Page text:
John Robb, who blogs at Global Guerrillas, has a second blog at which he's been posting short snippets from a planned book on 'the future of the American Dream'. It's been pretty interesting following the development of his thoughts there.
In a recent article at that blog he examined what it means to trust someone, and how the concept has changed in recent times. Here's an excerpt.
It’s been clear for a long time that the rules, regulations, and laws the nation state used to run the economic system aren’t working anymore. They simply don’t provide the trust they used to provide in a connected world.
For example: how many times a day do people approach you with the intent of fleecing you for everything you own (or worse)?
When you combine e-mail, robocalls, and malware that number is in the dozens (and don’t even look at the number of times your home router is probed by hackers daily). It seems like there’s an entire army of people working everyday to take you to the cleaners (and there actually is).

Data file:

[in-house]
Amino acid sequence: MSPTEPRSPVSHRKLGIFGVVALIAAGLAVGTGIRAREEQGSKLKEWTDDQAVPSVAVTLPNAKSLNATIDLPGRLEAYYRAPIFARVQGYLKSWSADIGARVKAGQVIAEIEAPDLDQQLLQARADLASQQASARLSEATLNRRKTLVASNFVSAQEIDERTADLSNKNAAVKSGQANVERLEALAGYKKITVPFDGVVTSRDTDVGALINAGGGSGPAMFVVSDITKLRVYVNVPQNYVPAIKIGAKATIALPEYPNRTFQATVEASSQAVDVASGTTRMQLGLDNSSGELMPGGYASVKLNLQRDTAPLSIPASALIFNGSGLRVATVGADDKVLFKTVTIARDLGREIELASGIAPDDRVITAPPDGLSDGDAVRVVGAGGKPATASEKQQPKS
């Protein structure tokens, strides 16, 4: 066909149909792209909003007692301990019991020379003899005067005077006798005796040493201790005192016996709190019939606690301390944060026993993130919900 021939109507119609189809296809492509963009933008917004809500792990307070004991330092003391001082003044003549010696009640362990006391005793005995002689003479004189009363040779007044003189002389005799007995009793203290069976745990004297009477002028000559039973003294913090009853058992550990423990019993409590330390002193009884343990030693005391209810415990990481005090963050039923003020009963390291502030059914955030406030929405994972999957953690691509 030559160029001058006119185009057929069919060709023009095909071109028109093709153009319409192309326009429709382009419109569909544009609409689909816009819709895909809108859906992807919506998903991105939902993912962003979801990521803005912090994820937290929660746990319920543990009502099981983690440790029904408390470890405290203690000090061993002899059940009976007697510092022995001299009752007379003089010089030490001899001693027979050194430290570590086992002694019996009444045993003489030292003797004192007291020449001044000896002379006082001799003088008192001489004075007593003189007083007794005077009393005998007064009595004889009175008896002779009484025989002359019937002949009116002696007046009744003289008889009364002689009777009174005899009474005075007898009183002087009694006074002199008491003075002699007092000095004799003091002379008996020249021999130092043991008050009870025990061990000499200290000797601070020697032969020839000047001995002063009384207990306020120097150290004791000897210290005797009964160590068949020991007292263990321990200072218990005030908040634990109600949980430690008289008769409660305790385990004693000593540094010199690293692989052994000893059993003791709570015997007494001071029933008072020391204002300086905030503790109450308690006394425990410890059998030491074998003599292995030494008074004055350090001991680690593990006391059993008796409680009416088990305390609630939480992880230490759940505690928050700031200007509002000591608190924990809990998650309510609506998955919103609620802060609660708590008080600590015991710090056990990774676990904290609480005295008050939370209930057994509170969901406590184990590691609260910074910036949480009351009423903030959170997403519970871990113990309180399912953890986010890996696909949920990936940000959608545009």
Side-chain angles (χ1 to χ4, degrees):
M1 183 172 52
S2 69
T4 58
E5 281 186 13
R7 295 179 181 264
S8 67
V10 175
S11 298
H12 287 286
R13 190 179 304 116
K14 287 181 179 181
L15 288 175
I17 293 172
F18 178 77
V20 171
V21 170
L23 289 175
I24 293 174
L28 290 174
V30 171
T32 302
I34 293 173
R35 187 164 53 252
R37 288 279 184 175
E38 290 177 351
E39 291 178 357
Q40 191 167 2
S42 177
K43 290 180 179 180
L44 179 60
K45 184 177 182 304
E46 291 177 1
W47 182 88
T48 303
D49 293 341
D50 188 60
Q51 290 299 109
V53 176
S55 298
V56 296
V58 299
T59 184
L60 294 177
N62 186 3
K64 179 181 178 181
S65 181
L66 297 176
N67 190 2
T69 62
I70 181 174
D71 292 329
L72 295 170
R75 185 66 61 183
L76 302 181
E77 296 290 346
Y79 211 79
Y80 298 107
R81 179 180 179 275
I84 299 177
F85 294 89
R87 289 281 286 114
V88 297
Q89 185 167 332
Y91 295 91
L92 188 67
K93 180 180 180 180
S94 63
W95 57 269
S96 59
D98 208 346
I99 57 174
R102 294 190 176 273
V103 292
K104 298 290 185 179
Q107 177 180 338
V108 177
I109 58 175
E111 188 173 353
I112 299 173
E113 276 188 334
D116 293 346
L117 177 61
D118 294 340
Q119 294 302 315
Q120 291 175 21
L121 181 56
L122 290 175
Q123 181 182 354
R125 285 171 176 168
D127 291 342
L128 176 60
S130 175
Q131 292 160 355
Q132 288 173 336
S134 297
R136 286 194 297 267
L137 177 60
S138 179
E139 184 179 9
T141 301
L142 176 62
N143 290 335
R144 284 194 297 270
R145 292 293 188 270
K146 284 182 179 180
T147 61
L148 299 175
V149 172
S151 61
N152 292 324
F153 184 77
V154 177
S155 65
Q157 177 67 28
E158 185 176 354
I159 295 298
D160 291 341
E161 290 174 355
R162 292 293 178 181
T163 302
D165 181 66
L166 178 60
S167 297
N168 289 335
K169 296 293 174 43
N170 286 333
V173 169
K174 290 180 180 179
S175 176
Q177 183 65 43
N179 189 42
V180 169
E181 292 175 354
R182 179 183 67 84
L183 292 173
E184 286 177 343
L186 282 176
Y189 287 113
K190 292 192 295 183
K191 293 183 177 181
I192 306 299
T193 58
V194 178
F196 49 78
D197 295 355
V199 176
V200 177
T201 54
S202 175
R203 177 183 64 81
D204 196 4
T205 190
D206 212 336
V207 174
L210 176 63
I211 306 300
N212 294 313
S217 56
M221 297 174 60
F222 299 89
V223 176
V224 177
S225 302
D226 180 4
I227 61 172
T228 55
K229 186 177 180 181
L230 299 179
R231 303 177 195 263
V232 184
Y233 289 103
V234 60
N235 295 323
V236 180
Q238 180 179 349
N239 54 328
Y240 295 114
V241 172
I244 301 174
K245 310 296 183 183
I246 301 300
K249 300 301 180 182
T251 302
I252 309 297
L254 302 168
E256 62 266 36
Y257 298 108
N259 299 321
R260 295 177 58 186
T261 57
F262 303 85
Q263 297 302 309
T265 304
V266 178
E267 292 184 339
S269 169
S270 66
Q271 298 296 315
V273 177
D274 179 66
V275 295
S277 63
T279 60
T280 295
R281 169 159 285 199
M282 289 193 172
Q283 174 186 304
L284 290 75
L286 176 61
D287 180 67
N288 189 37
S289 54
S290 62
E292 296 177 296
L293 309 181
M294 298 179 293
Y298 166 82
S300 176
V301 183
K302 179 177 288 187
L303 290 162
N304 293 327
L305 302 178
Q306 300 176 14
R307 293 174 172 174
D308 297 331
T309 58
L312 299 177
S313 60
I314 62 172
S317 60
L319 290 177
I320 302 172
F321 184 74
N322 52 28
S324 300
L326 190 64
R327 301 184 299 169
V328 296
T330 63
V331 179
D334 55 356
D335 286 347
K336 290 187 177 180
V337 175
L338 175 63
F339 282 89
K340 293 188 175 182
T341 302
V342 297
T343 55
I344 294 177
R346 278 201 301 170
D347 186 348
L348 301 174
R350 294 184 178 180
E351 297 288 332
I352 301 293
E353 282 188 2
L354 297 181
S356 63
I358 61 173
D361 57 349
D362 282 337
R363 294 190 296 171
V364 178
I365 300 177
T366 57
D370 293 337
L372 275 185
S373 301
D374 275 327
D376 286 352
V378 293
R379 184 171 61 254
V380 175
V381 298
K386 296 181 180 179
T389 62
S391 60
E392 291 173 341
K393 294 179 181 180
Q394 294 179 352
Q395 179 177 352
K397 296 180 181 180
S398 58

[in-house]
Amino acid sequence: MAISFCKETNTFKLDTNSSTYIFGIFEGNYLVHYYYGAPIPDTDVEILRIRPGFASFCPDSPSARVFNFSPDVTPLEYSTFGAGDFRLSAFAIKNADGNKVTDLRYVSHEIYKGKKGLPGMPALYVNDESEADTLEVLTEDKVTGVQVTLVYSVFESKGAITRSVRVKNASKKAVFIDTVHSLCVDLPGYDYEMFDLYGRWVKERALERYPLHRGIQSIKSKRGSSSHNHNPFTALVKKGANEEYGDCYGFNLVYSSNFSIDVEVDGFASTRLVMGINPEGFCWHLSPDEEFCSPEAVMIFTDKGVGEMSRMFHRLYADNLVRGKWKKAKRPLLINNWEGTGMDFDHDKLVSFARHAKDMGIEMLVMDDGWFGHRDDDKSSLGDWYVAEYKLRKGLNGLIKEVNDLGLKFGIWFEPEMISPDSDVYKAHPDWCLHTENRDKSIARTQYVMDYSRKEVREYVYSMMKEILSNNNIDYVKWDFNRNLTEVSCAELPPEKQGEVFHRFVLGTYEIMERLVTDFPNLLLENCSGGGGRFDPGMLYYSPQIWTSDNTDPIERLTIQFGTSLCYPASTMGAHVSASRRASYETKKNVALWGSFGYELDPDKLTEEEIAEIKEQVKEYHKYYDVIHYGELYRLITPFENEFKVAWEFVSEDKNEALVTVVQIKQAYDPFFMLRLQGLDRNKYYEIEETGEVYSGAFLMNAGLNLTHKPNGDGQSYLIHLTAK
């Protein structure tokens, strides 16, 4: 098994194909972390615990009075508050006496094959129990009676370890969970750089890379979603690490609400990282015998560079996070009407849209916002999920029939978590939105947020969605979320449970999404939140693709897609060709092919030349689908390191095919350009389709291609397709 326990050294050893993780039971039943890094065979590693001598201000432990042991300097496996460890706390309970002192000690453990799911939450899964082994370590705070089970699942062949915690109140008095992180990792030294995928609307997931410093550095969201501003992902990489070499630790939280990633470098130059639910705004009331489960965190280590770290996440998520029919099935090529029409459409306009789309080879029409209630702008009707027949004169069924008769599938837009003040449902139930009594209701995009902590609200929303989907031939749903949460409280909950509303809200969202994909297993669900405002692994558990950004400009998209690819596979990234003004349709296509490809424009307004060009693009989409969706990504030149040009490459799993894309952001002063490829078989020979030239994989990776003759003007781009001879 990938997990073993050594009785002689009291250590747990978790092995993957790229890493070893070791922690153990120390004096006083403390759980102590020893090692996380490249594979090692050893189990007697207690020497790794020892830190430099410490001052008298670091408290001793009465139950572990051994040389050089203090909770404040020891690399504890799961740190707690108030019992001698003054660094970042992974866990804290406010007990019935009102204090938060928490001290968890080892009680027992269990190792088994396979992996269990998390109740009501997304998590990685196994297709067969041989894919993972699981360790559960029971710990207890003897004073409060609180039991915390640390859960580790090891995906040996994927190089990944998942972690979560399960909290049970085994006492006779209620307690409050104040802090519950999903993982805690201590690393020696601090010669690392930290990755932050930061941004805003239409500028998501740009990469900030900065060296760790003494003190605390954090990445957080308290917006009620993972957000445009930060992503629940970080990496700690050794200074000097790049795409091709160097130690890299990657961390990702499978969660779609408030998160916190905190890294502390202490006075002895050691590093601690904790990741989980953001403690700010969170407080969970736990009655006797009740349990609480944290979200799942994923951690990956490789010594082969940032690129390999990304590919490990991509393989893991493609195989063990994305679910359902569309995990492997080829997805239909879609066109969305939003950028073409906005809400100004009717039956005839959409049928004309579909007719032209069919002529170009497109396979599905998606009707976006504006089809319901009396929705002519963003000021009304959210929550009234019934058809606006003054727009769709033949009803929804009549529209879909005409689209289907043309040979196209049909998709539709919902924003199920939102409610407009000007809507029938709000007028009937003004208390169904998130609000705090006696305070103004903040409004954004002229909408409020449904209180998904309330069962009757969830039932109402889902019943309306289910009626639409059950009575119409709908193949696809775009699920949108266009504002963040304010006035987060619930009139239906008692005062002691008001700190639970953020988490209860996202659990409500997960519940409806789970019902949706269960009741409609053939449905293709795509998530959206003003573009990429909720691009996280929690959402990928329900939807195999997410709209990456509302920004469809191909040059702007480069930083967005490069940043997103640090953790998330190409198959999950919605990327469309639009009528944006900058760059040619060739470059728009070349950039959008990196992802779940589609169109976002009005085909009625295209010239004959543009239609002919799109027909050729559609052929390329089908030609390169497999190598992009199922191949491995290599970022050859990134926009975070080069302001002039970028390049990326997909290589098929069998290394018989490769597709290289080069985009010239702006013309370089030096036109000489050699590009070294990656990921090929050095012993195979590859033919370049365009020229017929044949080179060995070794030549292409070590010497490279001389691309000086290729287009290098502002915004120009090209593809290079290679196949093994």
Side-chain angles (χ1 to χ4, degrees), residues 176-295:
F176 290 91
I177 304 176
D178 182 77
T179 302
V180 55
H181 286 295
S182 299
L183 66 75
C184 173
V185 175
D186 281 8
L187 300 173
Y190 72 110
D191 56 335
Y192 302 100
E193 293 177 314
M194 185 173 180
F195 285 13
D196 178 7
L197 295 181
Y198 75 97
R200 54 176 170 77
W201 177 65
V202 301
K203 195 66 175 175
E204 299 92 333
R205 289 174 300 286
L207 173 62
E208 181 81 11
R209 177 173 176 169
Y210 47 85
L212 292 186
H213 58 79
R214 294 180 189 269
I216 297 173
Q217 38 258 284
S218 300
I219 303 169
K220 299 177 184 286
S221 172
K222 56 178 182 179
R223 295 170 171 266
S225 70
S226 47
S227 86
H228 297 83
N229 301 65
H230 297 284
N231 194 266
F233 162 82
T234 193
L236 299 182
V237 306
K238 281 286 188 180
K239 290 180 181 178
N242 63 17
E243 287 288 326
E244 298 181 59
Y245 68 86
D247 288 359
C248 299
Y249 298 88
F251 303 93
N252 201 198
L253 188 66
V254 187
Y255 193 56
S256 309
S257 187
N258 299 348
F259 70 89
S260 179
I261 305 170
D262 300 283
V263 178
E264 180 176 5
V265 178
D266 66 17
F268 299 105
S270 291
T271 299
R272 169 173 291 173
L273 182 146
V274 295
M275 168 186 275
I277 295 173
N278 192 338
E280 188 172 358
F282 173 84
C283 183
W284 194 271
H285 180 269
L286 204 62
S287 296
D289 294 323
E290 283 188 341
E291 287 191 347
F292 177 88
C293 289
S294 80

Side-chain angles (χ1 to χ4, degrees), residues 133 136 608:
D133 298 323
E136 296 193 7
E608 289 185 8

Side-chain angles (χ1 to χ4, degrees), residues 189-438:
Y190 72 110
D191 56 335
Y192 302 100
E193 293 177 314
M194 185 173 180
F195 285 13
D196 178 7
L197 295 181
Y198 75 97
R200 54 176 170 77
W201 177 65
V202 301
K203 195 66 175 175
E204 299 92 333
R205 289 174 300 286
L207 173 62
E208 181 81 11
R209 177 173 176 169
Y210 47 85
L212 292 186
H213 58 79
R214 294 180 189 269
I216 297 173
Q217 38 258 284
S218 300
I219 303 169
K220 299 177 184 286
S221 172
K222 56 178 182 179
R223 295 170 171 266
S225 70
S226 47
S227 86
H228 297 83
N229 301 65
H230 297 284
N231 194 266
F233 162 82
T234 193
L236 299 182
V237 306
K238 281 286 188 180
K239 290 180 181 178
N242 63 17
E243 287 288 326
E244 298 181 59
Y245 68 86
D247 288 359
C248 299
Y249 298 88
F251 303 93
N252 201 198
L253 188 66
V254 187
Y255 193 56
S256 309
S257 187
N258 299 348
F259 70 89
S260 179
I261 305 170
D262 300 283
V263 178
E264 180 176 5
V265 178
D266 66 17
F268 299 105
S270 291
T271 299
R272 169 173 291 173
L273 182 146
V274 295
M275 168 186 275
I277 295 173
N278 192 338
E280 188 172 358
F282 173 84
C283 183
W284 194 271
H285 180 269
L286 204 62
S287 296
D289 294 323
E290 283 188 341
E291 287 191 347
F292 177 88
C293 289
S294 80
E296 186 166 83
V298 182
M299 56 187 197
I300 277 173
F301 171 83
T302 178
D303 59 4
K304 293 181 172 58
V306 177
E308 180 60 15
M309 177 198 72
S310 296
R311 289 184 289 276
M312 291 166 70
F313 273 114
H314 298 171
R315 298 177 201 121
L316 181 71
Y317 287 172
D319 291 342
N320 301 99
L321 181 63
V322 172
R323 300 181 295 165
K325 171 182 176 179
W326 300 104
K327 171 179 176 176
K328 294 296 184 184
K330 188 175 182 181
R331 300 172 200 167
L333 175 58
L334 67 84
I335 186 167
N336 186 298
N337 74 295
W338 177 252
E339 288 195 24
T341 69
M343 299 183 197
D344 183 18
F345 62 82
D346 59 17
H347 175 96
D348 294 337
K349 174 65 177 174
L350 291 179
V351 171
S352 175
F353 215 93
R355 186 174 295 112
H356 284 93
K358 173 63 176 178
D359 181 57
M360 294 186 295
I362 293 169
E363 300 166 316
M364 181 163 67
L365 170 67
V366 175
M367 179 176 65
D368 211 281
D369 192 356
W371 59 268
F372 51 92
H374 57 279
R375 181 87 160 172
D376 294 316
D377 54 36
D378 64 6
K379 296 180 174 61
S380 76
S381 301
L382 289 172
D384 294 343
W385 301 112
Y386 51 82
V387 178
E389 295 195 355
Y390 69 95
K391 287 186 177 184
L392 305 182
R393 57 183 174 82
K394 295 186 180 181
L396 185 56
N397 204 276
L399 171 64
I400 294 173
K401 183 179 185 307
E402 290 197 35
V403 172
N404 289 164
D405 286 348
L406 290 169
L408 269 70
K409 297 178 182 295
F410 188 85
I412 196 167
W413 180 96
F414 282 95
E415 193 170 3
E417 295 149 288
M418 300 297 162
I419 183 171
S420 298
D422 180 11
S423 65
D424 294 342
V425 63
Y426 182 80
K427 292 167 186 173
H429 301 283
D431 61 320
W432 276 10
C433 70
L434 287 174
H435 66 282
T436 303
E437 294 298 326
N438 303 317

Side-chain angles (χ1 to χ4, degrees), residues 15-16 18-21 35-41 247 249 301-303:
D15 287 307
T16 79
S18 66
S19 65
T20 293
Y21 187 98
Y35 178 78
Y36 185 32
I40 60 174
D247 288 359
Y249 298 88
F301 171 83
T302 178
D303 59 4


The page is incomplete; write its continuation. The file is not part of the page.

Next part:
Jet back twenty years and that number is pretty darn low. Frankly, before globalization and the Internet it wasn’t much of a worry unless you lived in a big city.
However, that reality hasn’t caught up with many people, particularly those of us that grew up before globalization. We’re still hardwired to trust more than we should given the reality of the world. In comparison, the generation of Millennials that are graduating for college and high school have learned differently. They don’t trust the government’s rules and regulations to provide a bubble of artificial trust anymore.
There's more at the link, including a discussion of the renewed importance of one's reputation - this time online.
Mr. Robb definitely has something here. We can see the 'discontinuity of trust' in operation in many aspects of the world around us. (Think, for example, of the Bundy Ranch standoff last month.) I hadn't specifically narrowed that down to a 'trust' issue, but when you think about it, much of the reaction to the situation there has been between those who do trust the government, and those who don't. In how many other areas of our lives today is the same dynamic in operation?
I'll have to give some more thought to the subject. There are wheels within wheels on this one . . .